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An Uncertain Future
2018, Film, Dimensions variable
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More works by
Untitled Student Loan Debt Project
2019, Paper clips, post-it notes, yarn, pushpins, 96 x 120 x 120 in.
Building the American Dream
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About the Artist
Chelsea Hernandez is a Mexican-American filmmaker based in Austin, Texas. Her work focuses on the unique perspectives of various issues and topics through the lens of ordinary people who challenge the status quo and injustices in this world.
I'm struck by the power that documentaries can have on human emotion. Films of personal stories can move an audience and create visible change in the world without having to be a film comprised of solely talking heads. Some of my favorite films are those that are completely vérité, with minimal dialogue. There's something special in seeing life unfold as art on a screen. I enjoy making work that is somewhat abstract in the storytelling so that the audience can feel what comes natural to them and conjure up their own points of view about the issues presented with a series of images. As a Director, I guide the audience through a true story with my own unique vision as a Mexican-American, incorporating the real moments captured on camera. My ultimate goal is to create lively discussions of the points presented in the film, have audiences connect with the participants in the film and make an impact on communities.My current interests are uncovering the stories of ordinary people who are fighting the status quo. My latest documentary, Building the American Dream, which premiered at SXSW, followed three Latino immigrant families who were taken advantage of by construction companies and are stepping out of the shadows to fight back. The Hollywood Reporter called it "An eye-opener" and RogerEbert.com quoted it as a "hard-hitting documentary." By intimately following the stories of several undocumented construction workers over four years, I have connected audiences to workers and their families featured in the film—despite their economic, ethnic and class differences—because a human story, of vulnerability and struggle, was powerfully told. We used the bold photography of South African photographer Moyo Oyelola to promote the film through images that showcased a new Americana. In the photograph below, the image of Salvadorian electricians in Texas imitates the American Gothic painting of 1930. Displaying irony and power, this is one of the images we used concurrently with the film's release to bring about thought and discussion centered around the topic of what immigrants mean to this country.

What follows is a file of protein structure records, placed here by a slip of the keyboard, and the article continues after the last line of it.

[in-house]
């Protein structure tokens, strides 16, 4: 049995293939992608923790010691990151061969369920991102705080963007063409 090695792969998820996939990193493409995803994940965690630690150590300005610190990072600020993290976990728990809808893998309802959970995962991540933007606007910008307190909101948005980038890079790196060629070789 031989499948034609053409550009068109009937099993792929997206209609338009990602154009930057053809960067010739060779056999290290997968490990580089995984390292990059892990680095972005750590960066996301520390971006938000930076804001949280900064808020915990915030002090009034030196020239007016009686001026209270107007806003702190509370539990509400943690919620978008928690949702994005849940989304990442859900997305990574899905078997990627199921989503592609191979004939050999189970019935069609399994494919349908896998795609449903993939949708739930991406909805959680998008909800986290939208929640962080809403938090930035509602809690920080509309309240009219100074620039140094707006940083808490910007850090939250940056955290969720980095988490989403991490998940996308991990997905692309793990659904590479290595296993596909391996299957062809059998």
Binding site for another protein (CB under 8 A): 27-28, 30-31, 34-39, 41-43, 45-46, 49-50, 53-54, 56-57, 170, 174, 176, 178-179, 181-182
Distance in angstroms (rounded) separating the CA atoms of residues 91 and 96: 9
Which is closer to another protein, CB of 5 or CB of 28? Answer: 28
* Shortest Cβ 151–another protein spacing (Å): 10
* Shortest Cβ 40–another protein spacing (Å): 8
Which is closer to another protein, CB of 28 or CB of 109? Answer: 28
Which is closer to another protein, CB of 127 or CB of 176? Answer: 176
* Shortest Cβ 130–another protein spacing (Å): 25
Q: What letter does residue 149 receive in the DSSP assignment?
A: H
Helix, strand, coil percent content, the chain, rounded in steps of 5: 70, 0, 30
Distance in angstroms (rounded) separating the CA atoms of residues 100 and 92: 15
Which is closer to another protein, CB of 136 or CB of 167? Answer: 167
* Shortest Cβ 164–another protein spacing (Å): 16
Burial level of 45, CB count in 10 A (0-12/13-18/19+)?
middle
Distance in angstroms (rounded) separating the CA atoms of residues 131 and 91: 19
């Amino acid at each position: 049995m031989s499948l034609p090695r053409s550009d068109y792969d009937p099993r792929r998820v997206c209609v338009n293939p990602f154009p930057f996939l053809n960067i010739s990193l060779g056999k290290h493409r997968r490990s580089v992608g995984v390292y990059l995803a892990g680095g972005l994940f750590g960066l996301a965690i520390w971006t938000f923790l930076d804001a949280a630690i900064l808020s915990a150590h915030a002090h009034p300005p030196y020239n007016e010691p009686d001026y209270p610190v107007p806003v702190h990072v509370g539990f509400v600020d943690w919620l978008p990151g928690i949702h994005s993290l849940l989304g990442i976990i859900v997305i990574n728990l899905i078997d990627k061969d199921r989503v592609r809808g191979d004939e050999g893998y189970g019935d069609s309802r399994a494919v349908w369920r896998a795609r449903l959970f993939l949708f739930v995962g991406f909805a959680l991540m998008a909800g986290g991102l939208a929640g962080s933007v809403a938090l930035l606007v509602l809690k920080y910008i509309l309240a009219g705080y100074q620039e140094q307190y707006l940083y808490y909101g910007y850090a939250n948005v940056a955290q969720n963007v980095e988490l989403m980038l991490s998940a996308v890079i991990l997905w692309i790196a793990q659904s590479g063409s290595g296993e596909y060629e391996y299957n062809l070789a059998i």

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Big Medium is a non-profit 501(c)(3) organization dedicated to supporting and promoting contemporary art in Texas. We provide opportunities for artists to create, exhibit and discuss their work. We strive to make art a part of everyday life.